CAIRO: To many Egyptians, juxtaposing the drawbacks of their nation with the advances of other nations is very tempting. I join the trend using three recent examples.
The first incident took place in the Islamic Republic of Iran whose parliament impeached Ali Kordan, the country’s interior minister and the strong ally of Iranian President Mahmoud Ahmadinejad. Of the 247 Iranian lawmakers, 188 voted against Kordan after he had admitted he had a fake PhD degree from the University of Oxford.
Although the post-revolution political system in Iran is not exactly modeled along the lines of Western democracies, its political and legal structures are based on many of the underpinnings of democratic systems, such as holding free competitive elections on a regular basis, rotation of office and the accountability of officials.
In contrast, the sole function of Egypt’s parliament is to decorate its sham democracy and to enforce the legislation the regime fancies. Unsurprisingly, thus, the parliament has never impeached any minister during President Mubarak’s lengthy reign, corruption, incompetence and negligence notwithstanding.
Many in Egypt must have received the news from Tehran with a mixture of astonishment, admiration and bitterness. After all, their media has told them for decades that Iran is an evil, undemocratic, and un-modern regime, led by zealous Mullahs who are obsessed with the export of their vicious revolution.
In contrast to the Iranian minister who faked a university degree, Egypt’s Interior Minister, Habib El-Adly, oversaw the fabrication of all elections in Egypt since he took over in 1997. Even worse, he overlooked – if not supervised – the routinization of torture (to death in many cases) and the indiscriminate arrest of thousands of innocent Egyptians without – and that is the source of bitterness – being impeached or even questioned by the majority of people’s representatives.
Egypt’s rubber stamp parliament is apparently not worth much respect. That is why El-Adly never even bothered to attend any of the People Assembly’s sessions to respond to the inquiries of independent and opposition members, sending instead his assistants.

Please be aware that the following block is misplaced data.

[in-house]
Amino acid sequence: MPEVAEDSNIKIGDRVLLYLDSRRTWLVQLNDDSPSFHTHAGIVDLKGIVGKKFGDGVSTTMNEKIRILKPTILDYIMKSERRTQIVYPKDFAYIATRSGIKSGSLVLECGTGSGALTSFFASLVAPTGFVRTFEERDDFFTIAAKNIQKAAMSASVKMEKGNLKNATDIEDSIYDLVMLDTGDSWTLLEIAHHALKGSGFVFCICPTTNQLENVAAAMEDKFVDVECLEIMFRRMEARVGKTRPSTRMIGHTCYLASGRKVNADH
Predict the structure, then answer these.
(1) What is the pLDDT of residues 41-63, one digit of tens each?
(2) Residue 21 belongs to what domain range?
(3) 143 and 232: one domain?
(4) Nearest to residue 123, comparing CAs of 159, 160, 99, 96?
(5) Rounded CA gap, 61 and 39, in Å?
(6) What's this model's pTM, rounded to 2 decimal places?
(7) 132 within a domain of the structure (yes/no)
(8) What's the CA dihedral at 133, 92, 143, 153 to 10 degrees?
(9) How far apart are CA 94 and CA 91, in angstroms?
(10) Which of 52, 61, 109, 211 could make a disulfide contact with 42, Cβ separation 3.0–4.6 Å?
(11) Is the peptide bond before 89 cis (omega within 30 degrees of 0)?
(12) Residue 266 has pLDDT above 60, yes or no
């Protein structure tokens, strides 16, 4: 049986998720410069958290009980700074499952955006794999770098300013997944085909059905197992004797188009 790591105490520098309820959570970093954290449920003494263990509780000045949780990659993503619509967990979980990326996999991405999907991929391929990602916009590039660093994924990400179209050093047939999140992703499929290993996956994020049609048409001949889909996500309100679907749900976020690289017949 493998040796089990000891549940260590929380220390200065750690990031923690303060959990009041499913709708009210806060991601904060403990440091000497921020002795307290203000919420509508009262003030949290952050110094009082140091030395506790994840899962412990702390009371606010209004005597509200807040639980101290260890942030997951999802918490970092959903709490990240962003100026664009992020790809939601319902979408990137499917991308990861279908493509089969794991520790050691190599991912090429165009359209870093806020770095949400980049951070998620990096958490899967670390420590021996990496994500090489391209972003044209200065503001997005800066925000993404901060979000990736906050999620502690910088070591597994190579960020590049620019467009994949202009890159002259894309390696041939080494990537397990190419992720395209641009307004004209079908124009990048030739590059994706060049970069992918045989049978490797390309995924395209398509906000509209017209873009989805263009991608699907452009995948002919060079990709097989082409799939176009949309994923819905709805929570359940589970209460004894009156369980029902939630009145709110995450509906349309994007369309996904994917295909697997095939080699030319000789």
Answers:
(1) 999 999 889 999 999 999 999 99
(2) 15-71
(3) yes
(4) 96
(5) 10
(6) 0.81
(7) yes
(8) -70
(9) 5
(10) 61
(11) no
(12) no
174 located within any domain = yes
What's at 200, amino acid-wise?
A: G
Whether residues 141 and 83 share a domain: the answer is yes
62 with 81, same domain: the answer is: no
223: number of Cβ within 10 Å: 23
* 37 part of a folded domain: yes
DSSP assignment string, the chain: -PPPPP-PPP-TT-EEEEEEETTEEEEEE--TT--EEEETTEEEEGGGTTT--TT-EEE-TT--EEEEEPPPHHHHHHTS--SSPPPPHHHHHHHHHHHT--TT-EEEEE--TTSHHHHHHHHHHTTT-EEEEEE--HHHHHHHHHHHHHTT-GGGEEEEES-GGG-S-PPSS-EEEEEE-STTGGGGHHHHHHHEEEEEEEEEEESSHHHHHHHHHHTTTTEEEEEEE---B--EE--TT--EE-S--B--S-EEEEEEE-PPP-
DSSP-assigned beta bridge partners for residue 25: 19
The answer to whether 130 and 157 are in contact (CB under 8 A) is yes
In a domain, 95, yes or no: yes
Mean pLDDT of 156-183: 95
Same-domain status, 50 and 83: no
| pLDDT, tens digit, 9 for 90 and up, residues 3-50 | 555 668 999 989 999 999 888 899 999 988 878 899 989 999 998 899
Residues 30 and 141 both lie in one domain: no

Secondly, the contrast between true democracy abroad and fake democracy at home was all too vivid this November. The month witnessed the US presidential elections, the climax of a vibrant, two-year political campaign that triggered an unprecedented level of political participation at the grassroots level. Intense media coverage showed millions around the globe how American people made change; they rejected the candidate who stood for the politics of the status quo and brought to the White House the young, energetic candidate who vowed change and instilled hope.
Concomitantly, the convening of the 5th annual conference of the National Democratic Party (NDP) in Egypt was at best met with apathy – at worst, with contempt. In closed conference rooms – and out of touch with reality – the elites of the NDP lectured on democracy, reform and citizenship rights, explaining the change they have introduced and the changes that still lie ahead. But people know that nothing has changed in Cairo, except perhaps for the ability of the authoritarian regime to shrewdly reproduce itself against all odds.
To many, the conclusion to be reached from this contrast is simple: democracies foster bottom-up change, authoritarian regimes do not, even if they proclaim otherwise.
The third example comes from Canada. A few months back, Canada’s Foreign Minister, Maxime Bernier, resigned after coming under fire because he had left classified documents at the residence of his girlfriend. Canada’s Prime Minister explained that “it’s a very serious mistake for any minister.
We must always accept responsibilities for the documents that are classified.
To Egyptians, it is quite revealing to know that the death and decaying of hundreds under the rockslide of Duweiqa, the drowning of 1,000 lives in the Red Sea, the routine beating of schoolchildren, the unavailability of bread are not really “serious mistakes; they are in the eyes of their regime less of crimes than petty negligence is to its Canadian counterpart. In Egypt, these fatalistic mistakes merit just a pale apology coupled with promises of imminent progress, that and nothing else. Resigning is unheard of because accountability – hence responsibility – is missing.
In Egypt, impeachment of senior officials is impossible, resignation unpracticed, and bottom-up channels of communication tightly blocked. As long as the politics of the status quo remain unchallenged, Egyptians will continue to compare and lament.
Nael M. Shama, PhD, is a political researcher and freelance writer based in Cairo.